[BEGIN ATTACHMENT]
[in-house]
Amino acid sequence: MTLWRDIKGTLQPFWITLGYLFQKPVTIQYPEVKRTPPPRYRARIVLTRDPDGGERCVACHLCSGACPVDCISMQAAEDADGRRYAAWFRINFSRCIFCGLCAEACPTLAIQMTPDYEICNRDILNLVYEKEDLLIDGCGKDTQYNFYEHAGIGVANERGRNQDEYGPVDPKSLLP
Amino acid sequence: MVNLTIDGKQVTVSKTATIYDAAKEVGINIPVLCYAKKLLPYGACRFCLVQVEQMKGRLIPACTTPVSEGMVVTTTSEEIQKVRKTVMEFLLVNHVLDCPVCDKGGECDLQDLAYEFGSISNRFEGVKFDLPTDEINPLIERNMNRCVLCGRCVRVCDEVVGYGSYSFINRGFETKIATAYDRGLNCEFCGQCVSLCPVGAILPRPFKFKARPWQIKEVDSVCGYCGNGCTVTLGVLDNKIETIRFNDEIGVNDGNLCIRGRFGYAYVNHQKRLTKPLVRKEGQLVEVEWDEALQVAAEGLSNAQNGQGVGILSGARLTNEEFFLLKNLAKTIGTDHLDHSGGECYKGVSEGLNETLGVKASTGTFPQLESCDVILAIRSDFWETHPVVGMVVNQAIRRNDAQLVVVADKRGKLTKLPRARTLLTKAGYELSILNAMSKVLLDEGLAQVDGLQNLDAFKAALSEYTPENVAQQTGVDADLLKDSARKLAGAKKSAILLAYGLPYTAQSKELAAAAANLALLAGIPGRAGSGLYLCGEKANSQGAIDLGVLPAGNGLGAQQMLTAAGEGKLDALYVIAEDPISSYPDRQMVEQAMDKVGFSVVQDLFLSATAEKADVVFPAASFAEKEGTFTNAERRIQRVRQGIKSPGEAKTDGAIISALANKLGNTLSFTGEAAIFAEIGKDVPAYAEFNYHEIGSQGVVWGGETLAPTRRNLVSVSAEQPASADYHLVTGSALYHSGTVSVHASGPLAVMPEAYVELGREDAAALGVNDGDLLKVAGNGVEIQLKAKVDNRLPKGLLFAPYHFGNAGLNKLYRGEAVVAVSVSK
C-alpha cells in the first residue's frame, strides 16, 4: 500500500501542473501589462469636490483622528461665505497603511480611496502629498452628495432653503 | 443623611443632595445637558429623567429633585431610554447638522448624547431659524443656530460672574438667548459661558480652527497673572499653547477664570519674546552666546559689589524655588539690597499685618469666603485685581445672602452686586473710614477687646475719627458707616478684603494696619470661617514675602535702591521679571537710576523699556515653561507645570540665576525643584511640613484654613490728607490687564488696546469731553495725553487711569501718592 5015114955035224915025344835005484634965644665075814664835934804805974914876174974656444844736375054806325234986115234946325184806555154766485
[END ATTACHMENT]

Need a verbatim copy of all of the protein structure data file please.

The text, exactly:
[in-house]
Amino acid sequence: MTLWRDIKGTLQPFWITLGYLFQKPVTIQYPEVKRTPPPRYRARIVLTRDPDGGERCVACHLCSGACPVDCISMQAAEDADGRRYAAWFRINFSRCIFCGLCAEACPTLAIQMTPDYEICNRDILNLVYEKEDLLIDGCGKDTQYNFYEHAGIGVANERGRNQDEYGPVDPKSLLP
Amino acid sequence: MVNLTIDGKQVTVSKTATIYDAAKEVGINIPVLCYAKKLLPYGACRFCLVQVEQMKGRLIPACTTPVSEGMVVTTTSEEIQKVRKTVMEFLLVNHVLDCPVCDKGGECDLQDLAYEFGSISNRFEGVKFDLPTDEINPLIERNMNRCVLCGRCVRVCDEVVGYGSYSFINRGFETKIATAYDRGLNCEFCGQCVSLCPVGAILPRPFKFKARPWQIKEVDSVCGYCGNGCTVTLGVLDNKIETIRFNDEIGVNDGNLCIRGRFGYAYVNHQKRLTKPLVRKEGQLVEVEWDEALQVAAEGLSNAQNGQGVGILSGARLTNEEFFLLKNLAKTIGTDHLDHSGGECYKGVSEGLNETLGVKASTGTFPQLESCDVILAIRSDFWETHPVVGMVVNQAIRRNDAQLVVVADKRGKLTKLPRARTLLTKAGYELSILNAMSKVLLDEGLAQVDGLQNLDAFKAALSEYTPENVAQQTGVDADLLKDSARKLAGAKKSAILLAYGLPYTAQSKELAAAAANLALLAGIPGRAGSGLYLCGEKANSQGAIDLGVLPAGNGLGAQQMLTAAGEGKLDALYVIAEDPISSYPDRQMVEQAMDKVGFSVVQDLFLSATAEKADVVFPAASFAEKEGTFTNAERRIQRVRQGIKSPGEAKTDGAIISALANKLGNTLSFTGEAAIFAEIGKDVPAYAEFNYHEIGSQGVVWGGETLAPTRRNLVSVSAEQPASADYHLVTGSALYHSGTVSVHASGPLAVMPEAYVELGREDAAALGVNDGDLLKVAGNGVEIQLKAKVDNRLPKGLLFAPYHFGNAGLNKLYRGEAVVAVSVSK
C-alpha cells in the first residue's frame, strides 16, 4: 500500500501542473501589462469636490483622528461665505497603511480611496502629498452628495432653503 | 443623611443632595445637558429623567429633585431610554447638522448624547431659524443656530460672574438667548459661558480652527497673572499653547477664570519674546552666546559689589524655588539690597499685618469666603485685581445672602452686586473710614477687646475719627458707616478684603494696619470661617514675602535702591521679571537710576523699556515653561507645570540665576525643584511640613484654613490728607490687564488696546469731553495725553487711569501718592 5015114955035224915025344835005484634965644665075814664835934804805974914876174974656444844736375054806325234986115234946325184806555154766485